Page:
In winning the first game, the Detroit Red Wings versus the Blue Jackets, left their fans breathing a massive sigh of relief.
The, 4-1, margin of victory proved that the team has not lost its scoring touch and Chris Osgood is stopping shots.
Questions are raised at this time for the Wings, because every year the Wings like to take their time warming up to the concept of the second season.
They play the role of sleeping giant and their opponents can only sneak carefully around them to steal the goose that lays the golden eggs.
The 2002 Stanley Cup team, for instance, in the first round allowed the Canucks to take a, 2-0, game advantage into Vancouver only for the Wings to wake up with a center ice slap shot by Niklas Lidstrom in game three near the end of the second period to instantly turn the momentum of the series back to the Red Wings favor.
With Osgood holding back, the Blue Jacket onslaught to a one goal mean and had hopefully flipped that switch that seemed to be short-circuiting during the regular season.
A motivation for Osgood, however, is the reality that if he is not getting it done, Ty Conklin will be in net. Osgood did the same to Dominik Hasek, last year, in the first round against Nashville and didn't look back.
The other good sign that the Wings are on task is when the offensive output is not depending soley on Henrick Zetterberg, Pavel Datsyuk and Marian Hossa.
Instead, the scorers were Jiri Hudler, Jonathan Ericsson, Niklas Kronwall and Johan Franzen. A hodge-podge of a third line talented scorer, the call-up who was overdue to be in Detroit, their top hitter and the surprise scorer of last year's Cup run.
When the role players like these are stepping up to be the firing line against Steve Mason, Columbus should be scared.
Steve Mason is the favorite for the Calder Trophy for rookie of the year, however that trophy cannot be placed in net to help block shots. The Wings are talented enough to shoot around it anyway.
The trifecta of Zetterberg, Datsyuk and Hossa are now less needed to carry the team. They will start scoring soon but if for now, they can decoy the Blue Jackets to focus on them, then that will leave the door open for anyone else in red to get some quality chances to light the lamp.
Mike Babcock has this team disciplined and humble enough to not get caught up in stats but instead in score.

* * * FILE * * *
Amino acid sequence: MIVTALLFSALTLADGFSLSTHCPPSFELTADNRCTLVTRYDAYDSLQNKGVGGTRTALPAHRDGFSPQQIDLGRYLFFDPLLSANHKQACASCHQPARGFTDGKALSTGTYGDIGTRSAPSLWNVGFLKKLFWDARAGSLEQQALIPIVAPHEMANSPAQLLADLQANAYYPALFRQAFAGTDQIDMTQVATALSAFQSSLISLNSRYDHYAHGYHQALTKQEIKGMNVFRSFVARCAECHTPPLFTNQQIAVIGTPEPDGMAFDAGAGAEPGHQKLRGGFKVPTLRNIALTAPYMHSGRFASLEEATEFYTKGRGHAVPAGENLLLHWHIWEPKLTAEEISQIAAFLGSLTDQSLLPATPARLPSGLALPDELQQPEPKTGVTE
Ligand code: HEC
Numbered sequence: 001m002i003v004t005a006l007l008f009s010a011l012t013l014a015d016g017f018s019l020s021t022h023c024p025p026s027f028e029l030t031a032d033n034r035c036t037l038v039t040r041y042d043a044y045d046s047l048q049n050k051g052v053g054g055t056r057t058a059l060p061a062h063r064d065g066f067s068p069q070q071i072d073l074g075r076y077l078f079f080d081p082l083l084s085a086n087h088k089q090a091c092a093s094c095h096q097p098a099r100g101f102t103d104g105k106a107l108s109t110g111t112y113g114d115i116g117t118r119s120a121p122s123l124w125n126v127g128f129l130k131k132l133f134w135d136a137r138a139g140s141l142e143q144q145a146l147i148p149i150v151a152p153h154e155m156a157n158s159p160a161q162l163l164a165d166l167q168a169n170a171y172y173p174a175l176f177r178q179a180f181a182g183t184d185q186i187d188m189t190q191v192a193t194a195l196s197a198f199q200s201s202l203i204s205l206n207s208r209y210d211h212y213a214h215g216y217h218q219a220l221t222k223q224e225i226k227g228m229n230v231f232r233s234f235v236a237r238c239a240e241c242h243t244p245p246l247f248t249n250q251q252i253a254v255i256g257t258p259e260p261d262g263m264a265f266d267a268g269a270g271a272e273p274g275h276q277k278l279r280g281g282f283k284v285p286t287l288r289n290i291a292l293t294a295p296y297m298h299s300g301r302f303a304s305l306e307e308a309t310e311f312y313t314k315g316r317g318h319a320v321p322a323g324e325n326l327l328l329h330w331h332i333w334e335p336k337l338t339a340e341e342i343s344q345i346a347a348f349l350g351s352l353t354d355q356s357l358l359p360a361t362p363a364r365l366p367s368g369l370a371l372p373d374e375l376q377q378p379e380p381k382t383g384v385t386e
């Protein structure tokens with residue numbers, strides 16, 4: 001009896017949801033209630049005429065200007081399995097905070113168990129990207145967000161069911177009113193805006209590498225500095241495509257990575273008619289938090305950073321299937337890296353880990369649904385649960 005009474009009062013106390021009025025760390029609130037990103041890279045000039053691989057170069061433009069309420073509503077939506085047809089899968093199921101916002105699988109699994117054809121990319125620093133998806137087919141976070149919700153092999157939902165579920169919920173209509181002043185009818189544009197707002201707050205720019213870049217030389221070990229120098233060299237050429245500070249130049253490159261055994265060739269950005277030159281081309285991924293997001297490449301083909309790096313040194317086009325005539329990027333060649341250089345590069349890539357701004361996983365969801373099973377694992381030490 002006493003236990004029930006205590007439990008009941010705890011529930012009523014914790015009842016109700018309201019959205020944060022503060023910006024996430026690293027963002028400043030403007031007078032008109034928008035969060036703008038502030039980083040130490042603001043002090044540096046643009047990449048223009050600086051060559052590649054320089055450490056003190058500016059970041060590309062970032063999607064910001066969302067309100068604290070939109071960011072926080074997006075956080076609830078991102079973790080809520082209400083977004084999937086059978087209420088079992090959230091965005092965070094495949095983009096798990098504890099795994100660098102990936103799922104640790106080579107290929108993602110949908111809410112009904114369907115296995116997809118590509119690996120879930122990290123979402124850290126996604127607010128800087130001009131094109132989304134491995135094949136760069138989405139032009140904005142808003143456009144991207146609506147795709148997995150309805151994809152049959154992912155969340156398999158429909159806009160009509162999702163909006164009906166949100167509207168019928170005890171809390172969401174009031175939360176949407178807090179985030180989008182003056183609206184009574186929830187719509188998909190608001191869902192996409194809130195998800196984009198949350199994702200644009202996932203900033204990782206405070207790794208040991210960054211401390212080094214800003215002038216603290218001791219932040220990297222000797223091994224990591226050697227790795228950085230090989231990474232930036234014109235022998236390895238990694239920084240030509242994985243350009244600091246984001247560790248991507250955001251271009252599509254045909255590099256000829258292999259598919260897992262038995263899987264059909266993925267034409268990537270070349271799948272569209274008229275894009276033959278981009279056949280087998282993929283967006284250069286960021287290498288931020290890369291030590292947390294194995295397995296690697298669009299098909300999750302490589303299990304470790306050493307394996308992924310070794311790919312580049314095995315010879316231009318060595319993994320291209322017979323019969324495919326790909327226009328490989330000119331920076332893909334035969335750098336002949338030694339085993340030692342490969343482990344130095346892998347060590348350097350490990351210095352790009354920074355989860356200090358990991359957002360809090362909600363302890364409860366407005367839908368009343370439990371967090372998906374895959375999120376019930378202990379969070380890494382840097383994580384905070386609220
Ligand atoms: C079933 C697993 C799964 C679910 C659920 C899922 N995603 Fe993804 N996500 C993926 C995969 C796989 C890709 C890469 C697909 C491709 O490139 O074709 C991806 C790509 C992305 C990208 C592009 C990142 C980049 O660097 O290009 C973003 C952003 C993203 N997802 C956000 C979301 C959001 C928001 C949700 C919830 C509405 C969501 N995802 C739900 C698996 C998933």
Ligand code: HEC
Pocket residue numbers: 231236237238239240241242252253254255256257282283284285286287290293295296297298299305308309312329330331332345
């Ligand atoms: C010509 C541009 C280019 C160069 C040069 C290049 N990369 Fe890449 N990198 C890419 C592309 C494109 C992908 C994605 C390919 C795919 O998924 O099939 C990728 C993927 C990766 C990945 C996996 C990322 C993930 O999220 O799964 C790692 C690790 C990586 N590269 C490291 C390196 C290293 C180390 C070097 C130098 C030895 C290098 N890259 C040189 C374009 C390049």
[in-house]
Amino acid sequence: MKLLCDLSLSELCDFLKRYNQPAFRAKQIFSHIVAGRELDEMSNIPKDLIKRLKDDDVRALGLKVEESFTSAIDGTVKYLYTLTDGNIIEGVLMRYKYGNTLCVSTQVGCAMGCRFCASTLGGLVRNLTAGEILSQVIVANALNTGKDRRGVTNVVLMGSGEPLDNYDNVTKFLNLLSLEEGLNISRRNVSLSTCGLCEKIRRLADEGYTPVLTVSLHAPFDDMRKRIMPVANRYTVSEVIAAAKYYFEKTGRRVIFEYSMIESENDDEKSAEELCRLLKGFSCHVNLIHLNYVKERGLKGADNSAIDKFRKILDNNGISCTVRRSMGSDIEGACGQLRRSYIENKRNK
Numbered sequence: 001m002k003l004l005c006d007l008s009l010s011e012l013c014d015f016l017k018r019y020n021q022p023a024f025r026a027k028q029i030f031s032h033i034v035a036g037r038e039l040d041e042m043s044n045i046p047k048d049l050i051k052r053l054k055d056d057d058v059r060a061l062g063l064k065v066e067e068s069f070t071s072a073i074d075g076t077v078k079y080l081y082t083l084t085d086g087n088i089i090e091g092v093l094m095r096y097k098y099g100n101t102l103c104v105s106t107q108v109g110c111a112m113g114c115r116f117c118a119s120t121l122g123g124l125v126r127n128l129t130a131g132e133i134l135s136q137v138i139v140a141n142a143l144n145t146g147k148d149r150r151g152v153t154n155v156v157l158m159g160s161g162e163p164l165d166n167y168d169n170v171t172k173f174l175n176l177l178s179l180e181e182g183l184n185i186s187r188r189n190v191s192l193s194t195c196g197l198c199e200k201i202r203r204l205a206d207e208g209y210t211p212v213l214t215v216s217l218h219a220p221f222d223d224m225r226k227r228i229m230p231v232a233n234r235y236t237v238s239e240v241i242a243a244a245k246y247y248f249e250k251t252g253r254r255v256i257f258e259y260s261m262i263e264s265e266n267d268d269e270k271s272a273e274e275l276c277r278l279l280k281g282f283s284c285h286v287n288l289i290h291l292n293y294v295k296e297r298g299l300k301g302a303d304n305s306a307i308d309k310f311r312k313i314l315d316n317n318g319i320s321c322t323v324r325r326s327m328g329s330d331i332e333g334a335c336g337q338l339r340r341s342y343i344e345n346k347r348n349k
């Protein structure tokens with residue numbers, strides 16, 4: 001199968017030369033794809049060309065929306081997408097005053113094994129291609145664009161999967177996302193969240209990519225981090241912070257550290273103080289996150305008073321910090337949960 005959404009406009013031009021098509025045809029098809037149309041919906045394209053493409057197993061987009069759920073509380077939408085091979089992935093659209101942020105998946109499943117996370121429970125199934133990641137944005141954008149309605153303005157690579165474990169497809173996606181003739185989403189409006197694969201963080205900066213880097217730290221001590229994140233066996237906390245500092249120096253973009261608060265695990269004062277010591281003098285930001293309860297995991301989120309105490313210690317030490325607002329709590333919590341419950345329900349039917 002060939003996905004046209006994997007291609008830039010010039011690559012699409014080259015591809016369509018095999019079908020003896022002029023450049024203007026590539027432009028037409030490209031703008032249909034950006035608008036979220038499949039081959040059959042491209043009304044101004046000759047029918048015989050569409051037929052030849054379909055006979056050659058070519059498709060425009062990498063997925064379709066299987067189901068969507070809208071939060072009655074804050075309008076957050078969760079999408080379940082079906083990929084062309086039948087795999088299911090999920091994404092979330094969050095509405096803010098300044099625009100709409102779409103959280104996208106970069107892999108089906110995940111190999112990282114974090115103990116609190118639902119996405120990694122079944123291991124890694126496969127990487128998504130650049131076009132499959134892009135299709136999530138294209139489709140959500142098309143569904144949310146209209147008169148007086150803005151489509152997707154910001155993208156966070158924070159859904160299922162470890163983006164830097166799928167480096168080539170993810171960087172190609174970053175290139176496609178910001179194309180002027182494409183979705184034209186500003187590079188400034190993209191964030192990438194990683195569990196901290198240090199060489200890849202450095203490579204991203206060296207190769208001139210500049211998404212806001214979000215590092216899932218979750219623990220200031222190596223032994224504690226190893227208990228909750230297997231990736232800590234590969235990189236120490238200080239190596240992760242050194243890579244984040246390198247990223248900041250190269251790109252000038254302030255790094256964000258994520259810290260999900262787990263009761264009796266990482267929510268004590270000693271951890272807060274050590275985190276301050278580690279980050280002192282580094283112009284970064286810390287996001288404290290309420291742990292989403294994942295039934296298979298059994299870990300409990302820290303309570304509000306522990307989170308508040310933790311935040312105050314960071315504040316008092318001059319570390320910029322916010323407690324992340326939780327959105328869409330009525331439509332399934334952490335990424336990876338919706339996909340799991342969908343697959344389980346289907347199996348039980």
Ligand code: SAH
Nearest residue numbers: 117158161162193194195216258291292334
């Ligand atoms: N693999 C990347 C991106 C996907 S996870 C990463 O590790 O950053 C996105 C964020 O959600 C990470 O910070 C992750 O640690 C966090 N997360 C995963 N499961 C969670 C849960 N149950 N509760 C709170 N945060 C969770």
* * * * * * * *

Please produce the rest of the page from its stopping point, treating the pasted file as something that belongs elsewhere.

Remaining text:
This was only game one, which means at least three remain to get the Wings to the second round.
Their next game will still be in Detroit, however on Saturday at 6pm. A strange time as the playoff night games are at 7, however, the Wings will be ready to keep the momentum in their favor.
They do not want Mason and Blue Jackets captain Steve Nash to wake up anytime soon.
The Wings will have to put the Blue Jackets away early with a sense that even though it is the second game, the Wings are not letting up until the handshake.
They are the defending champs and this is their playoff run to prove why the Cup should remain in Hockeytown.
After game two, the Wings do not have to go cross multiple time zones to play their next game. Columbus is still in the Eastern Time Zone and regardless if they take the jet or a bus—the time to get there amounts to a simple nap in travel time.
This match-up is designed for the Wings to dominate and it is up to them to do such a task.
A couple days remain until game two and in this duration, the Wings need to stay on task. The next rounds will not be so kind.
Two teams in Western Canada and two in California will be long travel dates. Orignial Six, Chicago is back in the postseason in hopes of renewing their rivalry with Detroit.
St. Louis, after all of their injuries, sneaked in at the last minute however has a slim chance of getting far, however before talk of who will be in round two, the Red Wings will first have to close out the Blue Jackets.